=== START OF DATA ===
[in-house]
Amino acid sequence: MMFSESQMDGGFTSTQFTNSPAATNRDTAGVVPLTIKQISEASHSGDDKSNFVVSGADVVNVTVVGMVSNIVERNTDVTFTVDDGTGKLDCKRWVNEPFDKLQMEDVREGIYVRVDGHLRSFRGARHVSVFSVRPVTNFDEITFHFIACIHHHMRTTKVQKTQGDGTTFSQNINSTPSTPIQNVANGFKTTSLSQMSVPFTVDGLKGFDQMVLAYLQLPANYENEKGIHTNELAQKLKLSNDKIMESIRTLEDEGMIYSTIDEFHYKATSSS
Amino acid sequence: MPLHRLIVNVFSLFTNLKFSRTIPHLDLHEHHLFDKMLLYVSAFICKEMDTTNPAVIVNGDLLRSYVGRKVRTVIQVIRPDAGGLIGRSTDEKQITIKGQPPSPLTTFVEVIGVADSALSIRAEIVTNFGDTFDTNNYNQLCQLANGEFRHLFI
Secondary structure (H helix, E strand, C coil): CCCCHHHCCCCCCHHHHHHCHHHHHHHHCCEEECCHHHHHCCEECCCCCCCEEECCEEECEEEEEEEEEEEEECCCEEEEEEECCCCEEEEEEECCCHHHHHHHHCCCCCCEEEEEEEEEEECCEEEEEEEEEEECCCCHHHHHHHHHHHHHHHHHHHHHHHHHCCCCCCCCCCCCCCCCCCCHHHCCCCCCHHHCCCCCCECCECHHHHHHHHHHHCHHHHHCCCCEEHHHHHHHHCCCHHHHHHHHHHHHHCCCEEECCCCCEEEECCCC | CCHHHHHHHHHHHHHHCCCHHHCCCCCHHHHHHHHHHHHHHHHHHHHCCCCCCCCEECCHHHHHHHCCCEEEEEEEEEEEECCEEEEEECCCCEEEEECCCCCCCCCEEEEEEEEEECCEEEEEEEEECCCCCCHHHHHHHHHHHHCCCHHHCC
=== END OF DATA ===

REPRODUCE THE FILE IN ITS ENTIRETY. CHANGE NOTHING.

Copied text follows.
[in-house]
Amino acid sequence: MMFSESQMDGGFTSTQFTNSPAATNRDTAGVVPLTIKQISEASHSGDDKSNFVVSGADVVNVTVVGMVSNIVERNTDVTFTVDDGTGKLDCKRWVNEPFDKLQMEDVREGIYVRVDGHLRSFRGARHVSVFSVRPVTNFDEITFHFIACIHHHMRTTKVQKTQGDGTTFSQNINSTPSTPIQNVANGFKTTSLSQMSVPFTVDGLKGFDQMVLAYLQLPANYENEKGIHTNELAQKLKLSNDKIMESIRTLEDEGMIYSTIDEFHYKATSSS
Amino acid sequence: MPLHRLIVNVFSLFTNLKFSRTIPHLDLHEHHLFDKMLLYVSAFICKEMDTTNPAVIVNGDLLRSYVGRKVRTVIQVIRPDAGGLIGRSTDEKQITIKGQPPSPLTTFVEVIGVADSALSIRAEIVTNFGDTFDTNNYNQLCQLANGEFRHLFI
Secondary structure (H helix, E strand, C coil): CCCCHHHCCCCCCHHHHHHCHHHHHHHHCCEEECCHHHHHCCEECCCCCCCEEECCEEECEEEEEEEEEEEEECCCEEEEEEECCCCEEEEEEECCCHHHHHHHHCCCCCCEEEEEEEEEEECCEEEEEEEEEEECCCCHHHHHHHHHHHHHHHHHHHHHHHHHCCCCCCCCCCCCCCCCCCCHHHCCCCCCHHHCCCCCCECCECHHHHHHHHHHHCHHHHHCCCCEEHHHHHHHHCCCHHHHHHHHHHHHHCCCEEECCCCCEEEECCCC | CCHHHHHHHHHHHHHHCCCHHHCCCCCHHHHHHHHHHHHHHHHHHHHCCCCCCCCEECCHHHHHHHCCCEEEEEEEEEEEECCEEEEEECCCCEEEEECCCCCCCCCEEEEEEEEEECCEEEEEEEEECCCCCCHHHHHHHHHHHHCCCHHHCC